About Me


Gavin Hubble - (BSc & Post Grad. Business Marketing) - I started working in the wine industry over 23 years ago in New Zealand. Working in; wine retail, sales, wine production, label & packaging design, marketing, wine buying, consulting and wine education. I am responsible for the Brand Health of 60+ wine brands distributed here in New Zealand. Wine Brands from New Zealand, Australia, France, Italy, Spain, Portugal, Chile and Argentina. I work closely with the Trade Industry - (Retail Stores & Restaurants) introducing, educating and positioning exciting and unique brands to wine enthusiasts all over the world.

Tuesday, December 9, 2008

Sauvignon Blanc

Sauvignon Blanc can trace its origins to western France in the Loire Valley and Bordeaux regions, but it was the style of wine made here in New Zealand in the 80's that got people to take notice again and enjoy this expressive grape.
When it comes to making Sauvignon Blanc, winemakers can harvest the grapes at various intervals for different blending characteristics that the grape can impart depending on its ripeness. At its most unripe stage, the grape is high in malic acid. As it progresses towards ripeness the grape develops red & green pepper flavours and in warmer climates, leading towards topical fruits like pineapple. Grapes grown on large sites may exhibit different levels of ripeness over the vineyard, caused by slight unevenness in the land, soil, temperature, sunlight and wind giving a unique flavour profile to the resulting wine.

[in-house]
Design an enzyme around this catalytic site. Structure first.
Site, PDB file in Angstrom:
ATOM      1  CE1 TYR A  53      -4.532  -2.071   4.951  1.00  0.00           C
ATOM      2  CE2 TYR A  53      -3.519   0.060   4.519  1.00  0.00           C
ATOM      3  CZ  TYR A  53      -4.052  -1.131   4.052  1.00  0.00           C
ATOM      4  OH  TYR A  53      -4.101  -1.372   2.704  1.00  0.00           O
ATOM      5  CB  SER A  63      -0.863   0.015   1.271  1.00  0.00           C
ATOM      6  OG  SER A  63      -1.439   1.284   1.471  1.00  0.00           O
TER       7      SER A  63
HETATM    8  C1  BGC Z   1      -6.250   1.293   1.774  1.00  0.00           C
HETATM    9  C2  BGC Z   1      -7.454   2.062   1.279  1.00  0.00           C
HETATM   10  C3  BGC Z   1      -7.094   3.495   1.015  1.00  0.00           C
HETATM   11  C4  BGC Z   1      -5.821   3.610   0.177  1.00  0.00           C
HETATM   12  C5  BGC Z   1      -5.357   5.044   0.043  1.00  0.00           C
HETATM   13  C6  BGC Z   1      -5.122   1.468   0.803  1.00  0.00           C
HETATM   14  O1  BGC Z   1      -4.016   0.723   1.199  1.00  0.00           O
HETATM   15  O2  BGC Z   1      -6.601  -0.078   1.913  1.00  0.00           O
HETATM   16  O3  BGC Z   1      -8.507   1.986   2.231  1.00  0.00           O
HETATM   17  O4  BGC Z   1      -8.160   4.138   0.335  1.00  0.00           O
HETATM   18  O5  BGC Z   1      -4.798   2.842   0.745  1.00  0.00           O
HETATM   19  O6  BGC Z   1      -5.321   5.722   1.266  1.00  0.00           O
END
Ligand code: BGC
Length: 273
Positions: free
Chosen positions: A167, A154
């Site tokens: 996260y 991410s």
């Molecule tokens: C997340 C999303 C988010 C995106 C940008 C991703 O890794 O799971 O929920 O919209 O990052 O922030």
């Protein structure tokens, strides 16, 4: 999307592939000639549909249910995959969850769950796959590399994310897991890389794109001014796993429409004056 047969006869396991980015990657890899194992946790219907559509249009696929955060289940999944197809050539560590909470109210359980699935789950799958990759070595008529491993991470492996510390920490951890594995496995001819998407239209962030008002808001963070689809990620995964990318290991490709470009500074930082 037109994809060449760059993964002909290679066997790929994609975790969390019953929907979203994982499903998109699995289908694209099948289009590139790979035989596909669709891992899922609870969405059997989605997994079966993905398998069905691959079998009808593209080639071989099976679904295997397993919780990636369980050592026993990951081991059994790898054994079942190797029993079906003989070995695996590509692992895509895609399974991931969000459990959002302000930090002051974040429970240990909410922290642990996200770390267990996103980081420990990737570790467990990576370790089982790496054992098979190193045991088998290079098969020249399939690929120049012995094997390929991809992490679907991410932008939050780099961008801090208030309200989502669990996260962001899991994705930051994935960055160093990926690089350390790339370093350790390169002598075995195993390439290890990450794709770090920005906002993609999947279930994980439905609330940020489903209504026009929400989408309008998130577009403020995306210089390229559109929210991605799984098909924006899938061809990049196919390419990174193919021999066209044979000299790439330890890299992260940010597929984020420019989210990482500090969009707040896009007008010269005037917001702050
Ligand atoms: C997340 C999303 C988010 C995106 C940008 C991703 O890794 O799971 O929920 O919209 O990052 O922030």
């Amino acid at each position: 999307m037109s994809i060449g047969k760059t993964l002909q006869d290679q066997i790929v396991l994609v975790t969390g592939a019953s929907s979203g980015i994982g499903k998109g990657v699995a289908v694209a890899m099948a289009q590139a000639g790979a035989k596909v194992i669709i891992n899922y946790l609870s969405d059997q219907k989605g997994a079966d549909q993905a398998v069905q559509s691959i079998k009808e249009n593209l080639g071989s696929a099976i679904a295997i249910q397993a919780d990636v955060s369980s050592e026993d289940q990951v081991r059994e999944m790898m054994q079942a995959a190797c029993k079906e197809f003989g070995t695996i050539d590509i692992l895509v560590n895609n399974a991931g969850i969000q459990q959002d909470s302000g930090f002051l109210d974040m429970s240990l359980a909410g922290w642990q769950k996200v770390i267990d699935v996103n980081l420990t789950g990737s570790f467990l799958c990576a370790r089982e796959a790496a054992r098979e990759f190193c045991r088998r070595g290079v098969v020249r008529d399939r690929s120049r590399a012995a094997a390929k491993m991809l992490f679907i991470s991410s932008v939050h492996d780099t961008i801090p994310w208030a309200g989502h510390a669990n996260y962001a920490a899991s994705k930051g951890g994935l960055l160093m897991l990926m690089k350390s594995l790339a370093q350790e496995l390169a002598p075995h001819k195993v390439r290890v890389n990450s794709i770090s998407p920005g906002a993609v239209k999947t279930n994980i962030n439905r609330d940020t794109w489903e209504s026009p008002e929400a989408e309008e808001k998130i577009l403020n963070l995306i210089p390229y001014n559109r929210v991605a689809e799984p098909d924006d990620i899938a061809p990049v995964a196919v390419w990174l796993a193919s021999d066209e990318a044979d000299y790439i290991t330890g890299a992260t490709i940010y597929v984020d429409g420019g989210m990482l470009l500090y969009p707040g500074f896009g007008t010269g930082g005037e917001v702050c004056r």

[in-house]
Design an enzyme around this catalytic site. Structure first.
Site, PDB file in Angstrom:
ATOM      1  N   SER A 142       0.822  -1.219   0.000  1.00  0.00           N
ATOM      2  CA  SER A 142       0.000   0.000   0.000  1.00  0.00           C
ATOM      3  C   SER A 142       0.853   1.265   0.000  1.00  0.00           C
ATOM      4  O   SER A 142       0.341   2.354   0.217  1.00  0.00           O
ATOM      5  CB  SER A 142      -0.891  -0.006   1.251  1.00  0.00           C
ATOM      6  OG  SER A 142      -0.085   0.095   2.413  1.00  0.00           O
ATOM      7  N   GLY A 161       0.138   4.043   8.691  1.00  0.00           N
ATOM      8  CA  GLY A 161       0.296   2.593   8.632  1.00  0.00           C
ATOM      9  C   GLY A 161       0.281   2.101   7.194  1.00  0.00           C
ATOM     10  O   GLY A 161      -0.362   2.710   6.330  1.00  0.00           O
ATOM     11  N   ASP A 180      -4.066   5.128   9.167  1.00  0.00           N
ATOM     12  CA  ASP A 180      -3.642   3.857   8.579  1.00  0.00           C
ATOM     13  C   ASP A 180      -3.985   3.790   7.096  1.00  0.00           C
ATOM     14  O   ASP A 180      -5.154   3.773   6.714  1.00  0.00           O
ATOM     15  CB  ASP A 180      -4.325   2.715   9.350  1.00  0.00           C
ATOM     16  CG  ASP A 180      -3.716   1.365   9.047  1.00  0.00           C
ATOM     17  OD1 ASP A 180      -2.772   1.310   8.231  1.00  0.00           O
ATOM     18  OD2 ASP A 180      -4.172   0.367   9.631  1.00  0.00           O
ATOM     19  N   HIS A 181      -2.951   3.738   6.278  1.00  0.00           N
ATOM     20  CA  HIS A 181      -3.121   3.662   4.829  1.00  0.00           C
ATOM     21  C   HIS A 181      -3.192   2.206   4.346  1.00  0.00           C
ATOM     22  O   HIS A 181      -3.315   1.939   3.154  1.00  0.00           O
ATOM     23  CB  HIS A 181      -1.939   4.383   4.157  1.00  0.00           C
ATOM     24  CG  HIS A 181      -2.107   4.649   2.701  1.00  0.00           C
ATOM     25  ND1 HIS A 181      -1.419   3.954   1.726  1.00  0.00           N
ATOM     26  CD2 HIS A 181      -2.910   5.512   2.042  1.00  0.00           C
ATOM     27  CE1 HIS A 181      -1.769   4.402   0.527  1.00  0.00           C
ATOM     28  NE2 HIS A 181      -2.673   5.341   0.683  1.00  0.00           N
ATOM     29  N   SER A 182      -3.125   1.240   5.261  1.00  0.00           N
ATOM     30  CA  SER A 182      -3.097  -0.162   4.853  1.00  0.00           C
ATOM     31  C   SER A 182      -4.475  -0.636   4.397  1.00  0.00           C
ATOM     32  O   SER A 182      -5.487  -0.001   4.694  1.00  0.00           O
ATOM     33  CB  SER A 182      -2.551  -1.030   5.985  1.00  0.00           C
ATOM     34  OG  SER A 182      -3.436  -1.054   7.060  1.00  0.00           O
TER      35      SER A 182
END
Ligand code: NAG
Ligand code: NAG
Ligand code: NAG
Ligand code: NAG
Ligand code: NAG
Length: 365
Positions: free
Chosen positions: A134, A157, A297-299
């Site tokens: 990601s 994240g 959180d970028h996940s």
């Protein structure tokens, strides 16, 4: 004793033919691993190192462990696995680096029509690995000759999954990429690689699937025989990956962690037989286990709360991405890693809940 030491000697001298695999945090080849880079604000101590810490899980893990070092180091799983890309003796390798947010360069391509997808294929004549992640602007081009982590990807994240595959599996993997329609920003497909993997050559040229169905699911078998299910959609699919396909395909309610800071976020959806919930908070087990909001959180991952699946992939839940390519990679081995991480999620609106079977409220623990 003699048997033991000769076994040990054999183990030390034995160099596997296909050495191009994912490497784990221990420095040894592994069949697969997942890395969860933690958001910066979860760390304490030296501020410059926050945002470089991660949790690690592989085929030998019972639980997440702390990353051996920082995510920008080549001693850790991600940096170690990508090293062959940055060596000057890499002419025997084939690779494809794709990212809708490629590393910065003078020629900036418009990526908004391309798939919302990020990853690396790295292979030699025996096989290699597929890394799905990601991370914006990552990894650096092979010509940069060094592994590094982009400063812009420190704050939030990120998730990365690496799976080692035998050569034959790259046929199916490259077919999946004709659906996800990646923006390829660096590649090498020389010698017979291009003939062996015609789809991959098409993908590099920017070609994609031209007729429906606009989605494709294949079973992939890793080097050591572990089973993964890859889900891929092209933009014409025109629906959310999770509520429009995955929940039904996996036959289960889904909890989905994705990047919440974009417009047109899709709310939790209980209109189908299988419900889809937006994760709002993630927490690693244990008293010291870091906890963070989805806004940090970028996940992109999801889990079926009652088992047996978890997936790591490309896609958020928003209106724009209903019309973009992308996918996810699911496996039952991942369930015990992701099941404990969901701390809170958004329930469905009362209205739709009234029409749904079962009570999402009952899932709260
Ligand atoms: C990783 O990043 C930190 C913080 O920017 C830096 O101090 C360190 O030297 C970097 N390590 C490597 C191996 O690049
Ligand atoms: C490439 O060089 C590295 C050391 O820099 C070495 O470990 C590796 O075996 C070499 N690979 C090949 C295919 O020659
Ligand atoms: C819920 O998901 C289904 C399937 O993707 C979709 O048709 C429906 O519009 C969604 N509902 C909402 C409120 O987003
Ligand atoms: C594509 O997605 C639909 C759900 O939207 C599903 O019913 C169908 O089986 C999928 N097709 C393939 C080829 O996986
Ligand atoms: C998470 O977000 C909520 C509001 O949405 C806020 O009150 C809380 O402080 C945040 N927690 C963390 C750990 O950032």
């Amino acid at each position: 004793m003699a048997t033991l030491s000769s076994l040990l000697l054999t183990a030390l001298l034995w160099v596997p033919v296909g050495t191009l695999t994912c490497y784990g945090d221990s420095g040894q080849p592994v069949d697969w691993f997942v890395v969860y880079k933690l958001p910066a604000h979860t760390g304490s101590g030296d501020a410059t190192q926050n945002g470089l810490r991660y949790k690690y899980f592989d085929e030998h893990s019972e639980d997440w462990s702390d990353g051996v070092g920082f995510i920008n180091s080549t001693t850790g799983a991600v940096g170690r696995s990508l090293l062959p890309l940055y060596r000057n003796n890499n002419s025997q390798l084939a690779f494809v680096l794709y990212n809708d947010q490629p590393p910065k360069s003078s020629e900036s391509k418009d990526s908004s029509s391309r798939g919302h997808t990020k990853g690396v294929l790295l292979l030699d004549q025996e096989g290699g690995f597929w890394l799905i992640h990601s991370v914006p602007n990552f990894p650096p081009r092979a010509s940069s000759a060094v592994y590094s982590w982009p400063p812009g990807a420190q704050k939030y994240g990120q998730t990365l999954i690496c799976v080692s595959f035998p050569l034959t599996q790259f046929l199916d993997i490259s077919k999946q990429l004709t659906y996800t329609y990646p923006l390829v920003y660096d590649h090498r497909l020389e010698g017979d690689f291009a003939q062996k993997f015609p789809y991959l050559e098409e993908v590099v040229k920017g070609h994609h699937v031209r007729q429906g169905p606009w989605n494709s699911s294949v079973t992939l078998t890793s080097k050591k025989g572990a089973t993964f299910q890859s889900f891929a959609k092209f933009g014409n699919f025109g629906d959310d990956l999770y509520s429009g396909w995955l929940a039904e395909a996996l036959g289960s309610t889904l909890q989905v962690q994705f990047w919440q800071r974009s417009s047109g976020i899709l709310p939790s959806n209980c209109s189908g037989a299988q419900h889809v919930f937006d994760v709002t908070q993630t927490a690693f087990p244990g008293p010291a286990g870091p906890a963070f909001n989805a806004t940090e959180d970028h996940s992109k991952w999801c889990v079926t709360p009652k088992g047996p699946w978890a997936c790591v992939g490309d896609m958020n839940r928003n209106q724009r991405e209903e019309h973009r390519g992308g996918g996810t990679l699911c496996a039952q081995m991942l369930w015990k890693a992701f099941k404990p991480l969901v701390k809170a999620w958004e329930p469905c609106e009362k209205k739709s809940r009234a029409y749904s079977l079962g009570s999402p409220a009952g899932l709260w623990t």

Sauvignon Blanc can be greatly influenced by decisions in the winemaking process. One decision is the amount of contact that the 'must' has with the skins of the grape. Some winemakers, like in the Loire, intentionally leave a small amount of must to spend time in contact with the skins for later blending. Other winemakers, like in California, generally avoid any contact with the skin due to the reduced aging ability of their resulting wine.
Another important decision is the temperature of fermentation. French winemakers prefer warmer fermentations (around 16-18C) that bring out the mineral flavours in the wine while New World winemakers prefer slightly cooler temperatures to bring out more fruit and tropical notes.
A small minority of Loire winemakers will put the wine through malolactic fermentation, a practice performed here in NZ. Oak aging can have a pronounced effect on the wine, with the oak rounding out the flavours and softening the naturally high acidity of the grape. Some winemakers, like those in New Zealand and Sancerre, prefer stainless steel fermentation tanks over barrels with the intention of maintaining the sharp focus and flavour intensity.

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